Book Review: Delirium by Lauren Oliver

Jan 09

So I’ve decided that since I’m posting reviews on Goodreads anyway, I might as well start posting them to this blog. Especially since I’ve got a nice fat stack of books (both digital and hardcopy) to make my way through (all in the name of research! I’m so dedicated, aren’t I?) and also because with every review that I write, it helps me become more critical and constructive with regard to my own work.

Anyway, first book on the docket is Delirium by Lauren Oliver. I’ve had this book on my to-read list forEVER, ever since I first heard the concept, and I don’t know why it’s taken me so long to read it, frankly. It was a quick read for me — finished in a couple of days. I did have quite a few qualms with it, and couldn’t really decide how I should rate it for a little while, but in the end I figure that the fact that I was thinking about it so much after I was done was a pretty good sign. So it gets a 3.5-star review from me.

Need to process my thoughts a bit before I can rate/review. I will say the last 1/4 of the book was really riveting stuff… Torturous but delicious ending. Although I seriously cannot get over how many times the author used the word “swath” — seriously, what kind of 17-year-old uses that word so regularly?!

Okay. So. I guess in the end I really did like this book, but I had to think about it for a little bit, haha. This is really more like a 3.5 star book for me, and I’m going to tackle this in pieces, because again, I’ve started to promise myself to be more critical and constructive in my reviews–since that’s absolutely what I would want for myself!

Main Character: I had a hard time connecting to Lena as a protagonist in the beginning, partially because her issues with self-confidence and her self-image (I’m soooo plain, no boy would eeeeever like me, except this totally hot guy is obsessed with me and thinks I’m super beautiful so no big deal didn’t seem realistic to me. I mean, I guess they were, but I guess it’s also been a really long time since I was 17. Anyway, I liked how her character developed at the end, and when the big bomb was dropped (SPOILER ALERT!) about her mom still being alive, I thought she handled it very realistically without being annoying or superior about it. Also, and I know this is mostly credit to Lauren Oliver’s writing, but man, this book is really beautifully written. So many vivid, picturesque descriptions… really, really lovely stuff.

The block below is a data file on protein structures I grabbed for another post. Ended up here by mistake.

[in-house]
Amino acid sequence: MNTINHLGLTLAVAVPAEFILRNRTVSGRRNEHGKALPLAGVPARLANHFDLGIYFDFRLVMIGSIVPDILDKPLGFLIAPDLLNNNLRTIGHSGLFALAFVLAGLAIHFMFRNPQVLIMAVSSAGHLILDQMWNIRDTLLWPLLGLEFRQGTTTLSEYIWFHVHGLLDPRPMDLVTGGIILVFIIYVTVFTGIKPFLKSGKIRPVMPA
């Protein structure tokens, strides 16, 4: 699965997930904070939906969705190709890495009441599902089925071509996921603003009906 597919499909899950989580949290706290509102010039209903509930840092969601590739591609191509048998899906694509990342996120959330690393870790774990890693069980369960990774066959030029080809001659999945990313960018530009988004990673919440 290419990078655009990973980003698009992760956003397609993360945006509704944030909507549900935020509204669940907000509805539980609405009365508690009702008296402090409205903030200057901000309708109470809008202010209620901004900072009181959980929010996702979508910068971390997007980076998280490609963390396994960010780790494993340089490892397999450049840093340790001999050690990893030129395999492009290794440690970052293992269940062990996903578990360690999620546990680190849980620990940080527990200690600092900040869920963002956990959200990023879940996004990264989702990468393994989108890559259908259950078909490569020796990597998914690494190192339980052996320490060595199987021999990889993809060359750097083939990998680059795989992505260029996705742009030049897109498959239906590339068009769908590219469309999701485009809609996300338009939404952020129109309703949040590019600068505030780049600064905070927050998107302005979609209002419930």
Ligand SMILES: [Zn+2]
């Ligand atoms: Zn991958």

Story: I thought the story was good. As mentioned in my status updates while writing, the book itself starts off strong in the first couple of chapters, then I quickly found the pace slowing a bit. Of course, the last 1/3 – 1/4 of the book is extremely fast-paced, and once I hit the 60-something-percent mark, I couldn’t put it down.

World-building: This is probably where I had my biggest qualms. A lot of the world-building seemed very bare-bones. I know that this isn’t a hard-dystopian or anything, but all the circumstances surrounding the setting seemed very loose. This takes place, what, 60-some years in the future? And yet technology seems not to have advanced at all. And while I really loved the concept of love being identified as a disease, the control of information and access didn’t really seem that realistic–the inability for people to ever leave their cities, and the (SPOILER ALERT!) the existence of the invalids living SO CLOSE. I mean, it’s walkable soooo… how have they not been discovered/raided/torn apart by the government? It’s not like Portland, Maine is a bastion of farms and industry, right? How are they getting their supplies? How are they getting anything? The government would have to have a way to bring things in and out, and unless I just glossed over some detail where Alex explains how the settlement is hidden away and whatnot, I just don’t see how they wouldn’t be discovered and their settlement decimated. Anyway, I digress.

Romance: I’m such a sucker, what can I say? I know this book has a serious case of insta-love going on, but I can’t help it. By the end, I was just as smitten with Alex as Lena was, reveling in his perfection (though a few more flaws would’ve been nice to see in terms of character layering, of course), but c’mon. I mean, who doesn’t want to be loved like that?

This book is obviously a romance, with a dash of dystopia tossed in as the setting. It was an engaging enough read, though it definitely dragged in the middle and I found myself glossing over some of Oliver’s more descriptive (but again, beautiful!) paragraphs just so I could see what was going to happen next. I thought the character of Hana was particularly strong and well done, but I do wish there were some more secondary characters. And that we had gotten to see some grown-ups who weren’t just all awful, haha. I guess that’s what future books are for though, eh?

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